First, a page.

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First and Second Generation Immigrant Educational Attainment and Labor Market Outcomes: A Comparison of the United States and Canada

Author

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  • Aydemir, Abdurrahman

    () (Sabanci University)

  • Sweetman, Arthur

    () (McMaster University)

Abstract

The educational and labor market outcomes of the first, first-and-a-half, second and third generations of immigrants to the United States and Canada are compared. These countries’ immigration flows have large differences in source countries, scale and timing, and Canada has a much larger policy emphasis on skilled workers. Following from these, the educational attainment of US immigrants is currently lower than that in Canada and the intergenerational transmission of education is expected to cause the gap to grow. This in turn influences earnings. Controlling only for age, the current US second generation has earnings comparable to those of the third, while earnings are higher for the second generation in Canada. Interestingly, the positive wage gap in favour of first-and-a-half and second generation immigrants in Canada is exceeded by the gap in educational attainment, but a lower immigrant rate of return attenuates education’s impact. Moreover, observable characteristics explain little of the difference in earnings outcomes across generations in the US but their introduction into an earnings equation causes the Canadian second generation premium to switch signs and become negative relative to the third.

Suggested Citation

  • Aydemir, Abdurrahman & Sweetman, Arthur, 2006. "First and Second Generation Immigrant Educational Attainment and Labor Market Outcomes: A Comparison of the United States and Canada," IZA Discussion Papers 2298, Institute for the Study of Labor (IZA).
  • Handle: RePEc:iza:izadps:dp2298
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    References listed on IDEAS

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    1. Alan G. Green & David A. Green, 1999. "The Economic Goals of Canada's Immigration Policy, Past and Present," Canadian Public Policy, University of Toronto Press, vol. 25(4), pages 425-451, December.
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    12. Barry R. Chiswick, 1988. "Differences in Education and Earnings Across Racial and Ethnic Groups: Tastes, Discrimination, and Investments in Child Quality," The Quarterly Journal of Economics, Oxford University Press, vol. 103(3), pages 571-597.
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    Citations

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    Cited by:

    1. Stefani Schurer, 2008. "Labour Market Outcomes of Second Generation Immigrants: How Heterogeneous Are They Really?," Ruhr Economic Papers 0057, Rheinisch-Westfälisches Institut für Wirtschaftsforschung, Ruhr-Universität Bochum, Universität Dortmund, Universität Duisburg-Essen.
    2. repec:zbw:rwirep:0057 is not listed on IDEAS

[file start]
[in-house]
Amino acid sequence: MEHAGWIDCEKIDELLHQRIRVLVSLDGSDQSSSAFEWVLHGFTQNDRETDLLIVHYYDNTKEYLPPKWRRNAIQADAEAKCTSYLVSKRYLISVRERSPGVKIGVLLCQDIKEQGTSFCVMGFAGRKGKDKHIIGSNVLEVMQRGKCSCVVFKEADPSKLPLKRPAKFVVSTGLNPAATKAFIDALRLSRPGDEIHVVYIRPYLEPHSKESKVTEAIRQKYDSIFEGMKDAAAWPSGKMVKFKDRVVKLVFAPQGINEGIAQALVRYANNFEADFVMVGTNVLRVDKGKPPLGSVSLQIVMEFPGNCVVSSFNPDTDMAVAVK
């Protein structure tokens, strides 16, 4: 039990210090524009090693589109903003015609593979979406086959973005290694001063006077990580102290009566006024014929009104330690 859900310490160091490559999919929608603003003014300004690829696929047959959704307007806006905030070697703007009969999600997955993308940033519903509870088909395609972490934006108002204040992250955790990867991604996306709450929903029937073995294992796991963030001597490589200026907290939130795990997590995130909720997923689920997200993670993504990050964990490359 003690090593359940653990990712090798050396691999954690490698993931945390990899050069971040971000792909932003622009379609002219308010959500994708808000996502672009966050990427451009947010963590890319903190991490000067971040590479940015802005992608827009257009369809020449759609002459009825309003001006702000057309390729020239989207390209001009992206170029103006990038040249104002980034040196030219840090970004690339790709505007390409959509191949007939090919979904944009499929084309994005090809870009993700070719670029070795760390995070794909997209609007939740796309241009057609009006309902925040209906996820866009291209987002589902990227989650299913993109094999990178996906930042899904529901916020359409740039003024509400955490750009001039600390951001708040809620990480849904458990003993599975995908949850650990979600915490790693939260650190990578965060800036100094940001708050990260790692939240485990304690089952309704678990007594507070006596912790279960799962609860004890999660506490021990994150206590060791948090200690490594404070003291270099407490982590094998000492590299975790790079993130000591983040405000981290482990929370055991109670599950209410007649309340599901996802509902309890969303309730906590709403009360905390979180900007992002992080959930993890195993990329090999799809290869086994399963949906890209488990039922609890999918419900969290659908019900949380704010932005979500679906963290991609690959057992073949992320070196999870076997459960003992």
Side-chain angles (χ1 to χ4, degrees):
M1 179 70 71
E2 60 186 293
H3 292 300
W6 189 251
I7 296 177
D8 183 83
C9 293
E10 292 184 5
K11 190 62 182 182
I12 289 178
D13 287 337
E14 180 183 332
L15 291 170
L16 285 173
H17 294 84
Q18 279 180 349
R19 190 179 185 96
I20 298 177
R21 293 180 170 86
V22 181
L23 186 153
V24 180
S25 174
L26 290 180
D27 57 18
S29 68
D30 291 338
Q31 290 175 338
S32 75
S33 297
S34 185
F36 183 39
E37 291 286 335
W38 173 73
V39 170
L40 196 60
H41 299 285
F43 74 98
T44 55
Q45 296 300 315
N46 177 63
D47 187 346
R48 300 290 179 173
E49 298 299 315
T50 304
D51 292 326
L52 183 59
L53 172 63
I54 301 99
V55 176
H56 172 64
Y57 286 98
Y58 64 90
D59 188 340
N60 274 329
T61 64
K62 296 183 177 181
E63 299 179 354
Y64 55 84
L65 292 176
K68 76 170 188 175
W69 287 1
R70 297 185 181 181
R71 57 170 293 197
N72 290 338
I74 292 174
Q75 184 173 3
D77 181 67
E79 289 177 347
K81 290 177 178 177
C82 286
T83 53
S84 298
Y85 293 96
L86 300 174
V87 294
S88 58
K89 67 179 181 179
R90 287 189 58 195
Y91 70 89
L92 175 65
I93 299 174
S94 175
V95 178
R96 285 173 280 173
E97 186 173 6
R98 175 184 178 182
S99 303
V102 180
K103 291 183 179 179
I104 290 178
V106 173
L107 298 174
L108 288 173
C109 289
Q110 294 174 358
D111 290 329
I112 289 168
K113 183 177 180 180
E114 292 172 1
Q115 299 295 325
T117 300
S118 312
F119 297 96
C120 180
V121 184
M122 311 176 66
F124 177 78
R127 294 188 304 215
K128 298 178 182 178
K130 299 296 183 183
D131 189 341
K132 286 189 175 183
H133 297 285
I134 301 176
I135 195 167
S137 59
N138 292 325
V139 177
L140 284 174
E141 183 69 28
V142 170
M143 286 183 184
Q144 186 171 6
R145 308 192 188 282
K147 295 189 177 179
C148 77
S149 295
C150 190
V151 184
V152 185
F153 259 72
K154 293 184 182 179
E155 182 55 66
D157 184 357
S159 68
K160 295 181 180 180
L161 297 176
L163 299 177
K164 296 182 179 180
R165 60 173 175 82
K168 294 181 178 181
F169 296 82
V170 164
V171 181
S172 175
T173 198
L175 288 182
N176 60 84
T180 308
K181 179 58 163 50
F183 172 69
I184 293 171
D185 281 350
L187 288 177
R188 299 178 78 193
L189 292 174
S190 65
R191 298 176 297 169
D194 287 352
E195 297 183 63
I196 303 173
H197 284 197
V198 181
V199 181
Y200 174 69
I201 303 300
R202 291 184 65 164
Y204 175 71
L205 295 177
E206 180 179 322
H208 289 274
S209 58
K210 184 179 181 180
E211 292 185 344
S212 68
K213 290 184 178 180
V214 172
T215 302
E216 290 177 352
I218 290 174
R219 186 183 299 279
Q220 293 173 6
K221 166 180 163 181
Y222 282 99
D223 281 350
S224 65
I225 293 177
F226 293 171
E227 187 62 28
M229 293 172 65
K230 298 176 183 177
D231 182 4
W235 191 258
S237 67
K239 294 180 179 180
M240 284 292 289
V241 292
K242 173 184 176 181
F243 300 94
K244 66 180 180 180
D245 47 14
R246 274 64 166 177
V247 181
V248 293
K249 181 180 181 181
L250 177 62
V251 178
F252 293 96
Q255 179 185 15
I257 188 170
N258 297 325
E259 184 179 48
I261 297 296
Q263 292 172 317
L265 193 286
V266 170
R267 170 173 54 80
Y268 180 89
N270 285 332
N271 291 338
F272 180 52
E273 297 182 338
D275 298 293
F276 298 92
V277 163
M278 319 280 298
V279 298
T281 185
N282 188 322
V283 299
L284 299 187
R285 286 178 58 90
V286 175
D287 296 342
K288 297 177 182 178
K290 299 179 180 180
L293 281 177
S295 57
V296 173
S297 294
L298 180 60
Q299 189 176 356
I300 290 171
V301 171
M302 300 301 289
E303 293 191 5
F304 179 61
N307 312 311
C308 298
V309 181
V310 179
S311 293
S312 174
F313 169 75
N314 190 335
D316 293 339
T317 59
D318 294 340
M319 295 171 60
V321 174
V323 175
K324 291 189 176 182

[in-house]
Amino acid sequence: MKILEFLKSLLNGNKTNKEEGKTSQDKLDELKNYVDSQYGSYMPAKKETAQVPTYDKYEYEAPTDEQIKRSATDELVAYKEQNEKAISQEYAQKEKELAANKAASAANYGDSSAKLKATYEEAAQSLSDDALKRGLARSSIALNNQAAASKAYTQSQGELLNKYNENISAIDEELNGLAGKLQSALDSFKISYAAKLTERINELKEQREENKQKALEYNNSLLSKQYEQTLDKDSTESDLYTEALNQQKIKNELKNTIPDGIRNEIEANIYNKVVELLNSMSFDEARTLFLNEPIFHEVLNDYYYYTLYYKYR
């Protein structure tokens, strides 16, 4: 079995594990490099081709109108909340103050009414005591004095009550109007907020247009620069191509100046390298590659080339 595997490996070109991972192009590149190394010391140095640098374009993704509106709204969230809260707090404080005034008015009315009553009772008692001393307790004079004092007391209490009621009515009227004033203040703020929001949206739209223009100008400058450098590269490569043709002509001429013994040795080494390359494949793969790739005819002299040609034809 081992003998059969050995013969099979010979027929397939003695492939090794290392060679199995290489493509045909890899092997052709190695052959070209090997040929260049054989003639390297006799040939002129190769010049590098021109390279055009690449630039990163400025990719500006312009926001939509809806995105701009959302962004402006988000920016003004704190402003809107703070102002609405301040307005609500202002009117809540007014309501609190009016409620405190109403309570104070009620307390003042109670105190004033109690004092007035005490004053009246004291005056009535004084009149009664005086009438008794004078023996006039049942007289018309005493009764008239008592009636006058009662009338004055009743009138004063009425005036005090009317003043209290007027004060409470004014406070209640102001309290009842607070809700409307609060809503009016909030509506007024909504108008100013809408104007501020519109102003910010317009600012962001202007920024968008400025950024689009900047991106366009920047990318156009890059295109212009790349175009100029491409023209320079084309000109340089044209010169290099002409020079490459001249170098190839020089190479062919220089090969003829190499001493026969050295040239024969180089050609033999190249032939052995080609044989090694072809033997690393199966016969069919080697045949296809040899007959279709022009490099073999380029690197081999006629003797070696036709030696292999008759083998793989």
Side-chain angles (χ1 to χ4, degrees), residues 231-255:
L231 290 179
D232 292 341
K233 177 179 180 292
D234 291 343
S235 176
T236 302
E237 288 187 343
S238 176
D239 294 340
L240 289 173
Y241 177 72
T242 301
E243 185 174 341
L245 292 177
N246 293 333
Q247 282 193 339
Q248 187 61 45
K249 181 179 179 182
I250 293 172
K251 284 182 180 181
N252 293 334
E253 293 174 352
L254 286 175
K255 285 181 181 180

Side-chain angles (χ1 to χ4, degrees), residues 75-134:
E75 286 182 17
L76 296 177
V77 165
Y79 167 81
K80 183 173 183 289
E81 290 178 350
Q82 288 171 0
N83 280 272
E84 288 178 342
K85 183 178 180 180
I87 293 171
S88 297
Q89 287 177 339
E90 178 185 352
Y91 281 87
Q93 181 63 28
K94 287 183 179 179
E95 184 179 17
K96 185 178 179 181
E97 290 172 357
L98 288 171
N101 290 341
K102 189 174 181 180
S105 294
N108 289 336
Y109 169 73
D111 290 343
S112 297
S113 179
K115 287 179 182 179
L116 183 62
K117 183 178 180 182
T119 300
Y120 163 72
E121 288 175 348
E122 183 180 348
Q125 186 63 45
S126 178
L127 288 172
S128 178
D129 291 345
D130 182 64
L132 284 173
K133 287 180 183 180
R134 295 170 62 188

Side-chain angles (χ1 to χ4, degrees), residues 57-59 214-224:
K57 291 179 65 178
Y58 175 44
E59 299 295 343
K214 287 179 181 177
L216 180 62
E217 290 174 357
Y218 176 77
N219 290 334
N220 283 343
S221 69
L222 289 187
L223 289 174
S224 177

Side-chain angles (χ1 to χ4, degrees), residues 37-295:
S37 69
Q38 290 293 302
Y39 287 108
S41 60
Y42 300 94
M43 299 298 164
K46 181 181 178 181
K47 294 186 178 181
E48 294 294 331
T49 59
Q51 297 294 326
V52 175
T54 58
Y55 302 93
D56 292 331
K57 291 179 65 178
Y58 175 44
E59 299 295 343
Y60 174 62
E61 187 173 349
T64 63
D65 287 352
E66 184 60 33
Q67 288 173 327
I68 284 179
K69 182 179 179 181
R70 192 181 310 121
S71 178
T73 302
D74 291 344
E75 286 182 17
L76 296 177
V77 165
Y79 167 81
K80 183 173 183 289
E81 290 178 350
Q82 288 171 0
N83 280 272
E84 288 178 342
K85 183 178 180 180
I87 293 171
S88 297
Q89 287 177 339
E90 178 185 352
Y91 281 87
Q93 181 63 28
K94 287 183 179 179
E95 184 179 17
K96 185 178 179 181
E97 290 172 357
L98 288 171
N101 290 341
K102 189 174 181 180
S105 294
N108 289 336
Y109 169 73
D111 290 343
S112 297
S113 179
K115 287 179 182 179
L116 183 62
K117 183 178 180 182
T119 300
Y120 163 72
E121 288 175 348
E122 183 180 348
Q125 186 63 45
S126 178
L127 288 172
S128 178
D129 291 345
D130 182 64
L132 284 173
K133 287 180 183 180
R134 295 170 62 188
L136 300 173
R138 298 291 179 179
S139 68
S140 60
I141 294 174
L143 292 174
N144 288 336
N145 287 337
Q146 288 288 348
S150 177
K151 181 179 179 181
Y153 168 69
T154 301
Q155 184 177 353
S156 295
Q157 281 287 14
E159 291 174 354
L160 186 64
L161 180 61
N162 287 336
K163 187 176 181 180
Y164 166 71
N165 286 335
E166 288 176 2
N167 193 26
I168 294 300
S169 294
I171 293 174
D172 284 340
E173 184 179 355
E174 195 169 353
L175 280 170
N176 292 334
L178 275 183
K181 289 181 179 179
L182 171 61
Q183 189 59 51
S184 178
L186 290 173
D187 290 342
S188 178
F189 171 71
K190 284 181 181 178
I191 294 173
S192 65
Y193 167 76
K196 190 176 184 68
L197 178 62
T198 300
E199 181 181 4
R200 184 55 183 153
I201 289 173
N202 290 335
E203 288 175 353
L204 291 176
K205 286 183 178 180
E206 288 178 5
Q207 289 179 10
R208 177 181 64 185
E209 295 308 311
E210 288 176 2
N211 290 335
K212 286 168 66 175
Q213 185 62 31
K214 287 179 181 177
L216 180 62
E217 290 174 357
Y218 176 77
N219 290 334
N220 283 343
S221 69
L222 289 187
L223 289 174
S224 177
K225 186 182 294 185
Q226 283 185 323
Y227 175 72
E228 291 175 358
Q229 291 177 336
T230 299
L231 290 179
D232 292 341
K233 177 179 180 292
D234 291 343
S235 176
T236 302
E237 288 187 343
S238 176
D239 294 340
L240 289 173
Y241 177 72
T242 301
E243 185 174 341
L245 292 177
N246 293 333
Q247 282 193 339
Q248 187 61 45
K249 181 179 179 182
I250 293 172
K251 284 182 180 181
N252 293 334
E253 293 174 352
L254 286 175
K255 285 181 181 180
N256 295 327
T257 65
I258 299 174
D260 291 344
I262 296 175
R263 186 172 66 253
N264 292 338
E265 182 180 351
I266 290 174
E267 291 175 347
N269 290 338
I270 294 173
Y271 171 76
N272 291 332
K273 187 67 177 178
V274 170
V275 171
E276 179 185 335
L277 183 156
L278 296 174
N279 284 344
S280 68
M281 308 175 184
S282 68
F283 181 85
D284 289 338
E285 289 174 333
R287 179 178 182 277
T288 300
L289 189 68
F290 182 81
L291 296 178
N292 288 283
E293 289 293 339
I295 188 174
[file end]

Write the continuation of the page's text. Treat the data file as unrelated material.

3. Ran Abramitzky & Victor Lavy, 2014. "How Responsive Is Investment in Schooling to Changes in Redistributive Policies and in Returns?," Econometrica, Econometric Society, vol. 82(4), pages 1241-1272, July.
    4. Abdurrahman Aydemir, 2013. "Skill-based immigrant selection and labor market outcomes by visa category," Chapters,in: International Handbook on the Economics of Migration, chapter 23, pages 432-452 Edward Elgar Publishing.
    5. Picot, Garnett & Sweetman, Arthur, 2011. "Canadian Immigration Policy and Immigrant Economic Outcomes: Why the Differences in Outcomes between Sweden and Canada?," IZA Policy Papers 25, Institute for the Study of Labor (IZA).
    6. Douglas Almond & Lena Edlund & Kevin Milligan, 2009. "O Sister, Where Art Thou? The Role of Son Preference and Sex Choice: Evidence from Immigrants to Canada," NBER Working Papers 15391, National Bureau of Economic Research, Inc.
    7. Carmen Aina & Giorgia Casalone & Paolo Ghinetti, 2008. "Internal Geographical Mobility And Educational Outcomes. An Analysis For An Italian Province," Working Papers 120, SEMEQ Department - Faculty of Economics - University of Eastern Piedmont.
    8. Kucera, Miroslav, 2008. "The Educational Attainment of Second Generation Immigrants in Canada: Analysis based on the General Social Survey," MPRA Paper 14036, University Library of Munich, Germany.
    9. Stefanie Schurer, 2008. "Labour Market Outcomes of Second Generation Immigrants: How Heterogeneous Are They Really?," Melbourne Institute Working Paper Series wp2008n14, Melbourne Institute of Applied Economic and Social Research, The University of Melbourne.
    10. George Messinis, 2009. "Earnings and Languages in the Family: Second-Generation Australians," The Economic Record, The Economic Society of Australia, vol. 85(s1), pages 59-73, September.

    More about this item

    Keywords

    United States; immigration; second generation; Canada; education;

    JEL classification:

    • J61 - Labor and Demographic Economics - - Mobility, Unemployment, Vacancies, and Immigrant Workers - - - Geographic Labor Mobility; Immigrant Workers
    • J62 - Labor and Demographic Economics - - Mobility, Unemployment, Vacancies, and Immigrant Workers - - - Job, Occupational and Intergenerational Mobility; Promotion
    • I29 - Health, Education, and Welfare - - Education - - - Other

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